December 3, 2018

Advocate’s missed mark on gopher frog case

By Mark Miller Senior Attorney

Originally published by The Advocate, December 3, 2018.

The Advocate’s Nov. 28 analysis of the recent unanimous Supreme Court decision in the St. Tammany Parrish private property rights dispute comes close but misses the mark. The editors, unfortunately, put the emphasis on a frog that does not even live in Louisiana while failing to properly acknowledge the property rights of the Louisianans who do.

We all agree that endangered species deserve protection. That’s why we have the Endangered Species Act. But not only is all not “lost” for the dusky gopher frog following the Supreme Court’s decision—in fact, nothing has been lost at all. The frog does not live in Louisiana and cannot live in Louisiana without dramatic changes to the property.

Meanwhile, efforts to conserve the frog continue apace in Mississippi, where the federal government has properly designated land as critical habitat for the frog. That designation is proper because the land designated in Mississippi actually meets the common-sense definition of “habitat” — that is, a place where the species can live and thrive.

Thus, the proper application of the law results in a net gain for the frog. But improperly applying the law in Louisiana, as the government is still trying to do, would result in a catastrophic loss to the property owners.

The problem is that the conditions of the Poitevent 1,544 acres simply do not support the frog’s survival, according to the federal government’s own assessment. If land will not support a species without dramatic change, then how can that land be a “habitat” for the species, let alone a critical habitat, as the Endangered Species Act requires to justify setting aside land for a species?

It can’t.

Otherwise, it would make just as much sense to designate land in Alaska ‘critical habitat’ for the frog, and then change the conditions in Alaska sufficiently to conserve the frog, just as the government is demanding to be done here in Louisiana. What’s the difference? That is the very question Chief Justice John Roberts, the author of the Supreme Court’s opinion in the case, asked during oral argument. The government lawyer had no answer for why Alaska was different from Louisiana in regards to the frog and what its habitat is.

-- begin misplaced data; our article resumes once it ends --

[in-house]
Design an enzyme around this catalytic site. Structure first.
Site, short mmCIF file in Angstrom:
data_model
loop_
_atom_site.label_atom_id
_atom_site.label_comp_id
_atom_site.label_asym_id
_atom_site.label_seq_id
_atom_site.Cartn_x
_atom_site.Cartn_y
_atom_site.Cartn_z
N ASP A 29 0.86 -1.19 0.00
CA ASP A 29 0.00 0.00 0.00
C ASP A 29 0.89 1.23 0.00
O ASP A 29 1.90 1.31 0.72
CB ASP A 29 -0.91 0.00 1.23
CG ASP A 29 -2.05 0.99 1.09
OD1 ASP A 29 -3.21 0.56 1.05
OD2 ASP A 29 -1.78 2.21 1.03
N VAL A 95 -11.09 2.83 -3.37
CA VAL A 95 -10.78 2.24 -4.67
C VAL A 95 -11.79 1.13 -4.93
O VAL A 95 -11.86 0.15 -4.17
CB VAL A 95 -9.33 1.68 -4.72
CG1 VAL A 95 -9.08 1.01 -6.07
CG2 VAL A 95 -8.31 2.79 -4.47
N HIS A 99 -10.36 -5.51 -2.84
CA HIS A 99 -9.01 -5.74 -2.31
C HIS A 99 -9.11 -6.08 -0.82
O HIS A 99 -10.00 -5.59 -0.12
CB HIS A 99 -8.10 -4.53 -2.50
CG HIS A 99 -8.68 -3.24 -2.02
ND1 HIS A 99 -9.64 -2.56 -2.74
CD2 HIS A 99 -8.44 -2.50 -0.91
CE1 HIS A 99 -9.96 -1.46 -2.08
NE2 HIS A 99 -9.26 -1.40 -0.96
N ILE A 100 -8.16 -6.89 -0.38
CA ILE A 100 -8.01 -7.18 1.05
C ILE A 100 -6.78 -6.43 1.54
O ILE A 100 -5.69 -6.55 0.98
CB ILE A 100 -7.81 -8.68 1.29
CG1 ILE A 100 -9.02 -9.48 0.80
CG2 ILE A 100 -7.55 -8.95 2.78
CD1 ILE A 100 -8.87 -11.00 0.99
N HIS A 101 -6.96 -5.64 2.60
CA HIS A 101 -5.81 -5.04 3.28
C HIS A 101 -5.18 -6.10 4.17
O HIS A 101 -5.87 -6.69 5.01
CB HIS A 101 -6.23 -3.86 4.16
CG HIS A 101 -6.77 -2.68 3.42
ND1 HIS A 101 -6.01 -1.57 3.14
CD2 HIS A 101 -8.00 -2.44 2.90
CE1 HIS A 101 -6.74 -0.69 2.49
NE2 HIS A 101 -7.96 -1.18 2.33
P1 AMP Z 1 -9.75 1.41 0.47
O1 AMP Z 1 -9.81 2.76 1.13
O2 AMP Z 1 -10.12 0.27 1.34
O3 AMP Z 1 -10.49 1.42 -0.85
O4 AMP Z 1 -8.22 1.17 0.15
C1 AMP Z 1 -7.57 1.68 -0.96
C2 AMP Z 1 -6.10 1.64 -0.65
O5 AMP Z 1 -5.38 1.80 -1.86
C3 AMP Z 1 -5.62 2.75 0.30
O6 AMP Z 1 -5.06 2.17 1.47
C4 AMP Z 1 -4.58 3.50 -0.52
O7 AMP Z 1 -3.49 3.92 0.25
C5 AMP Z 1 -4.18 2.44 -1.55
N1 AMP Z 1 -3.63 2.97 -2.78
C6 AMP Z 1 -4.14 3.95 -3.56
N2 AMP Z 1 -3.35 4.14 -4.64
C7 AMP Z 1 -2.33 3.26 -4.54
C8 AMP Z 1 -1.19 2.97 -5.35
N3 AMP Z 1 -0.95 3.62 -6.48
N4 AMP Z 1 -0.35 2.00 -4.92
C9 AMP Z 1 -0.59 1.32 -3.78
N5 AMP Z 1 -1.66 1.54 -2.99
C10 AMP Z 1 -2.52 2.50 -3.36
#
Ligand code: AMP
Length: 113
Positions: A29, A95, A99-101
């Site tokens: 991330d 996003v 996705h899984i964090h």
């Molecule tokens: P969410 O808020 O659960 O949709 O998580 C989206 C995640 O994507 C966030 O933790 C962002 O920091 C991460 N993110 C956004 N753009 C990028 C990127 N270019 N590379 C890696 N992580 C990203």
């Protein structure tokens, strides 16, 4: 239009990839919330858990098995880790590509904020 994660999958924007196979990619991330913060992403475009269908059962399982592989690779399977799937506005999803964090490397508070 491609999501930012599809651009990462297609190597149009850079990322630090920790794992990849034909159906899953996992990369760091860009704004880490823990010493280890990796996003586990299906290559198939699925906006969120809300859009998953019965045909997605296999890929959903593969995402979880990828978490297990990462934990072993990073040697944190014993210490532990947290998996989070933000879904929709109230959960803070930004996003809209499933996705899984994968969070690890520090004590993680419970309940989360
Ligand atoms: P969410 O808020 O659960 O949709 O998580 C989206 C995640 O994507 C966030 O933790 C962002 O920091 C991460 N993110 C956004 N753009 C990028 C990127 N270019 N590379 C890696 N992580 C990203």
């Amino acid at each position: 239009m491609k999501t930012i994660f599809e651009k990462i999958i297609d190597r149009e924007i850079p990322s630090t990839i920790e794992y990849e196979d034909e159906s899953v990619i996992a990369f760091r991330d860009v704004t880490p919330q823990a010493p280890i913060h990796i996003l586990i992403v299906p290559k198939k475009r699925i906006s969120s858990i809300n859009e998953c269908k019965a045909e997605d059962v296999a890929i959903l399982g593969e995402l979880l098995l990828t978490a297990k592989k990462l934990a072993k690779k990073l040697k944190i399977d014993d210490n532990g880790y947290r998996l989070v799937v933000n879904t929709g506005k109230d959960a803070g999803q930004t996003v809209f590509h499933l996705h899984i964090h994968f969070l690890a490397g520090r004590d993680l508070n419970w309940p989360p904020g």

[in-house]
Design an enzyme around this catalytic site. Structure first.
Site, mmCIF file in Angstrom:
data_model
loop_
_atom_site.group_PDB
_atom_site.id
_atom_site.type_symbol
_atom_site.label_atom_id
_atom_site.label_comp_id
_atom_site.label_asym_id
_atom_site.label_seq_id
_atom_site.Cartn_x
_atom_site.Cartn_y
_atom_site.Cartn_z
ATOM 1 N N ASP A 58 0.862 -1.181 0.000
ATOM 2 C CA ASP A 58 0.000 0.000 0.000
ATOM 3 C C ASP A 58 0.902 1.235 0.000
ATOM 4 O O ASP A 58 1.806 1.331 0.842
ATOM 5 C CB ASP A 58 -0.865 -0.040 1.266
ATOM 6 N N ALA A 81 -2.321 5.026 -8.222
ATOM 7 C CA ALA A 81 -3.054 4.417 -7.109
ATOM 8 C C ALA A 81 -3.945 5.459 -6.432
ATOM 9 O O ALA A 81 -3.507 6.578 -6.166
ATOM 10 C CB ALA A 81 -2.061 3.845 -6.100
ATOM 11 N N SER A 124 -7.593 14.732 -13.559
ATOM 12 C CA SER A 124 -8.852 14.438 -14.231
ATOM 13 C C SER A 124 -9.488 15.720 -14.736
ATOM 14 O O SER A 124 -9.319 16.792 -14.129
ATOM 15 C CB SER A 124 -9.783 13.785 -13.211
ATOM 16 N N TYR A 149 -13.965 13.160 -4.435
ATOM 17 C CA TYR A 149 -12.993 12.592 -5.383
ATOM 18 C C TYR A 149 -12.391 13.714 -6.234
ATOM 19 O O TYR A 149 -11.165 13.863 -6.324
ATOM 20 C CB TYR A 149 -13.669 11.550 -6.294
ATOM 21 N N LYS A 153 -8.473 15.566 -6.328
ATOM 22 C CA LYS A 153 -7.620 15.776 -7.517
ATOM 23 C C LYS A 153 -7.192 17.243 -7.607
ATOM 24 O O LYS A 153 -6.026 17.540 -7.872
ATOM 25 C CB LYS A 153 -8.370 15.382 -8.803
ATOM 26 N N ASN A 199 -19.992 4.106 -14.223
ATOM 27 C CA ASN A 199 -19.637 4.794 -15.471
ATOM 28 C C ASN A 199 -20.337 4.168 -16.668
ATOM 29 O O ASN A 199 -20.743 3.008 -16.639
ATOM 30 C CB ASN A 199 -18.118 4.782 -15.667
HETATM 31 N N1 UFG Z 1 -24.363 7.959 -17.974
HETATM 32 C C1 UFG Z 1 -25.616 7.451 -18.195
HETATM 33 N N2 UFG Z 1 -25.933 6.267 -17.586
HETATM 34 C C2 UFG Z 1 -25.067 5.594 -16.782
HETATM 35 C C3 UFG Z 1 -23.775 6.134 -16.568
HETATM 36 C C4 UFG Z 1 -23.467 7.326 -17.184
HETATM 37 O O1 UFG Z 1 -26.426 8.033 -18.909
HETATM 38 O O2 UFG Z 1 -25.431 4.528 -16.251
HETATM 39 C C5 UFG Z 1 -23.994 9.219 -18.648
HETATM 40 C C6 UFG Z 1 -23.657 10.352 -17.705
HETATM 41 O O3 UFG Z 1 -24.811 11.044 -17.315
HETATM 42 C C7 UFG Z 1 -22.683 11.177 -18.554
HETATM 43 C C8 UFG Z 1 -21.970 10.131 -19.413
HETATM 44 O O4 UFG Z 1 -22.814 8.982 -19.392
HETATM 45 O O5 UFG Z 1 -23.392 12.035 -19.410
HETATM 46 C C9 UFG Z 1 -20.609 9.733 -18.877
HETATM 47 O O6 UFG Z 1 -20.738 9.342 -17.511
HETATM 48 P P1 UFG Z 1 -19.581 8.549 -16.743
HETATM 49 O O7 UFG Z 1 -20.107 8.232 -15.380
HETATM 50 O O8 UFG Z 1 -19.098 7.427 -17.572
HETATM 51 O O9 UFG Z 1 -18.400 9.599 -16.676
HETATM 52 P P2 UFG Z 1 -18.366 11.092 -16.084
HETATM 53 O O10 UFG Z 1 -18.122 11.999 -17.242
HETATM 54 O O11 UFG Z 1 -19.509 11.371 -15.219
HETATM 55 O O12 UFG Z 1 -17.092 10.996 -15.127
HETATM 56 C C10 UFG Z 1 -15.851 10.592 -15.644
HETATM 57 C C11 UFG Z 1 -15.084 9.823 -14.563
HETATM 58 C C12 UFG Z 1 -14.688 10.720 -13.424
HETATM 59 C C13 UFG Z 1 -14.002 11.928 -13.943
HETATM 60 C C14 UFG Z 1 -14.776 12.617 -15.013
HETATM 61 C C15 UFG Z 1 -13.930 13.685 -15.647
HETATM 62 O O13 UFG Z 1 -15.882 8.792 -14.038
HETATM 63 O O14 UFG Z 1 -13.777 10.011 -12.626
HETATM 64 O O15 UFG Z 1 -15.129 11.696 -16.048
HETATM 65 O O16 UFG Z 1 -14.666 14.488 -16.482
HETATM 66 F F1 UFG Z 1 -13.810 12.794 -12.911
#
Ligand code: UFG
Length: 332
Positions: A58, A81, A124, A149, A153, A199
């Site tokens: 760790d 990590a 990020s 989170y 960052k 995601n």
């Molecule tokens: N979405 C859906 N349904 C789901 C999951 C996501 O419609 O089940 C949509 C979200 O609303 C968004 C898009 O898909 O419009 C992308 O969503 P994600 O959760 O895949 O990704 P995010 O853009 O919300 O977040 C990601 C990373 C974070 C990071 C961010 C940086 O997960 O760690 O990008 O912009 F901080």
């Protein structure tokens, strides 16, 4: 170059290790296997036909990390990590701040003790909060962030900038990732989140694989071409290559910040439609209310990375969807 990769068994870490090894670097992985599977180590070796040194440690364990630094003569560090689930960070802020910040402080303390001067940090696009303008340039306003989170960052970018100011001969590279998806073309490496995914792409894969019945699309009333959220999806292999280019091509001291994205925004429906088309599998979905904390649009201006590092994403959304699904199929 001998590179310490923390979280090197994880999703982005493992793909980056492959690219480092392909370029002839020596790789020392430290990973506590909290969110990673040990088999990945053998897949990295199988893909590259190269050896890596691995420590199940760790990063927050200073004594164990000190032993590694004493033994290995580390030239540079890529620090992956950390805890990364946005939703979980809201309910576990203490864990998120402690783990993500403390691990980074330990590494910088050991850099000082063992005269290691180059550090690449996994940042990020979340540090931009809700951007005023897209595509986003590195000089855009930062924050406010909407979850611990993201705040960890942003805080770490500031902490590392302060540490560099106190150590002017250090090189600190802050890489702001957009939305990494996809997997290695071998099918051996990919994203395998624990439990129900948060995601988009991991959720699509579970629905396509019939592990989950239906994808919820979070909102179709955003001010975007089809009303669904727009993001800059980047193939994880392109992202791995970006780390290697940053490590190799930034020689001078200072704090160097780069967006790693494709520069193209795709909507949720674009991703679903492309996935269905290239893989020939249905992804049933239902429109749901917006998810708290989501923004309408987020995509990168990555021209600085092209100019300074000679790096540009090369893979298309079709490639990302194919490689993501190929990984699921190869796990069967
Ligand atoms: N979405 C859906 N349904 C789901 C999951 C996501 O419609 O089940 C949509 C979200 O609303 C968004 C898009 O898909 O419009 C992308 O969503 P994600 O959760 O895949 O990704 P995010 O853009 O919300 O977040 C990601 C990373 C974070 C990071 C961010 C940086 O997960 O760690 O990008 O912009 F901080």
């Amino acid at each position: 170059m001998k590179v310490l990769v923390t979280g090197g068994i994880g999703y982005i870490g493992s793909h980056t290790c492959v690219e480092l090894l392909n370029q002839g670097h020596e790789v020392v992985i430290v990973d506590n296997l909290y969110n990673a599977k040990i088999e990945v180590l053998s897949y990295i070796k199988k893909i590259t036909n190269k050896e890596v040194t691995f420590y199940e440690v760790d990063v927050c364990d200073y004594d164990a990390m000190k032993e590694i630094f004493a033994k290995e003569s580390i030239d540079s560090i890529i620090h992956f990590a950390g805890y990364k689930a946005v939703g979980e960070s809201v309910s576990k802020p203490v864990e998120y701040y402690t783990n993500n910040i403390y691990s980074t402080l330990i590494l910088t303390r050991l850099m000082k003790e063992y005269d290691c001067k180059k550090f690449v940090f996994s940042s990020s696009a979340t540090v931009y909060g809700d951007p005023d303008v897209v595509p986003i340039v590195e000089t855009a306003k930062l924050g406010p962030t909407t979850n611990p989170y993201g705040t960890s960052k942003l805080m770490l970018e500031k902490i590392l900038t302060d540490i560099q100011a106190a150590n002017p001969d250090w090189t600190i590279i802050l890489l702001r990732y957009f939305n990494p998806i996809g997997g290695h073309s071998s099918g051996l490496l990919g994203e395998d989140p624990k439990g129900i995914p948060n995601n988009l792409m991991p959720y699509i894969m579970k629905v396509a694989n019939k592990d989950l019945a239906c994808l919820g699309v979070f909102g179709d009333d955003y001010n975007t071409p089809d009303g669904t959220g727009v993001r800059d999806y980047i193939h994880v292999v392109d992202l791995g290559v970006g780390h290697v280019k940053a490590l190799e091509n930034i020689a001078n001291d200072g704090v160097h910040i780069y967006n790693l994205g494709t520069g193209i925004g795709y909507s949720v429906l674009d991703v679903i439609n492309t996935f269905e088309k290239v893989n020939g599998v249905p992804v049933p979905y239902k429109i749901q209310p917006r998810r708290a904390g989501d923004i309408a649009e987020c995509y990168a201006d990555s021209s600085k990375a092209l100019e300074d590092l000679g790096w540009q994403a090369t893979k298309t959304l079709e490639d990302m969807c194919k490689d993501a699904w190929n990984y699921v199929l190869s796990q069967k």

The fact that the government could put no limitation on its definition of “habitat” reflects the failure to grasp both the plain meaning of the Endangered Species Act and the meaning of private property rights as enshrined in the Fifth Amendment, which prohibits government taking of property without just compensation to the owner. In this case, the government’s actions would have done nothing to protect the species in question, while failing to respect the property owner’s Constitutional rights. The government gets it wrong coming and going.

The government should stick to existing legal means to protect species that are already part of the Endangered Species Act, and give up on this illegal, misguided effort to commandeer the Poitevent family’s land on behalf of a frog that can’t even live there.

Mark Miller attorney for Edward B. Poitevent II, Palm Beach Gardens, Florida

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Weyerhaeuser/Markle v. U.S. Fish and Wildlife Service

As a child, Edward Poitevent’s family cut down Christmas trees on their lumber-rich land in Louisiana, and one day he’d like to leave the property to his own children. But federal bureaucrats jeopardized his legacy when they declared nearly 1,500 acres of his family’s private land as a critical habitat for the dusky gopher frog—a species not seen in the state for more than 50 years. Neither the Endangered Species Act nor congressional intent justifies such government-sanctioned property theft. Represented by PLF, Edward sued to defend his constitutionally protected property rights. In a unanimous decision announced November 27, 2018, the High Court agreed with Edward that the Fish and Wildlife Service overstepped its authority with the critical habitat designation and the Court remanded the case so that the lower court could consider Edward’s arguments anew.

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